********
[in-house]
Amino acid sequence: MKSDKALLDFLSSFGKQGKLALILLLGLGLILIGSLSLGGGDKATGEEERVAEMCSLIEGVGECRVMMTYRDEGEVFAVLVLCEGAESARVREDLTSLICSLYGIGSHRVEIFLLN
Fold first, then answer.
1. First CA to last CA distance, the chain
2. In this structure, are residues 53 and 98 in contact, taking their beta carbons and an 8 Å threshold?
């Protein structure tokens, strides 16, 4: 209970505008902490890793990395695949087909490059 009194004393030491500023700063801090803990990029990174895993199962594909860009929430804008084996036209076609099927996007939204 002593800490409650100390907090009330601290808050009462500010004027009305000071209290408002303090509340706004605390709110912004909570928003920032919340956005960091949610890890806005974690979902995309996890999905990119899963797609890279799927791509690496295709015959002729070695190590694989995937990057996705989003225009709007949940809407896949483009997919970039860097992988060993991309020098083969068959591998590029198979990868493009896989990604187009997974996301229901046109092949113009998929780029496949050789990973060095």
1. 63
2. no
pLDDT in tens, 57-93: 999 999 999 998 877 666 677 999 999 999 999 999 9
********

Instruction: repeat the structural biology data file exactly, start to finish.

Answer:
[in-house]
Amino acid sequence: MKSDKALLDFLSSFGKQGKLALILLLGLGLILIGSLSLGGGDKATGEEERVAEMCSLIEGVGECRVMMTYRDEGEVFAVLVLCEGAESARVREDLTSLICSLYGIGSHRVEIFLLN
Fold first, then answer.
1. First CA to last CA distance, the chain
2. In this structure, are residues 53 and 98 in contact, taking their beta carbons and an 8 Å threshold?
């Protein structure tokens, strides 16, 4: 209970505008902490890793990395695949087909490059 009194004393030491500023700063801090803990990029990174895993199962594909860009929430804008084996036209076609099927996007939204 002593800490409650100390907090009330601290808050009462500010004027009305000071209290408002303090509340706004605390709110912004909570928003920032919340956005960091949610890890806005974690979902995309996890999905990119899963797609890279799927791509690496295709015959002729070695190590694989995937990057996705989003225009709007949940809407896949483009997919970039860097992988060993991309020098083969068959591998590029198979990868493009896989990604187009997974996301229901046109092949113009998929780029496949050789990973060095």
1. 63
2. no
pLDDT in tens, 57-93: 999 999 999 998 877 666 677 999 999 999 999 999 9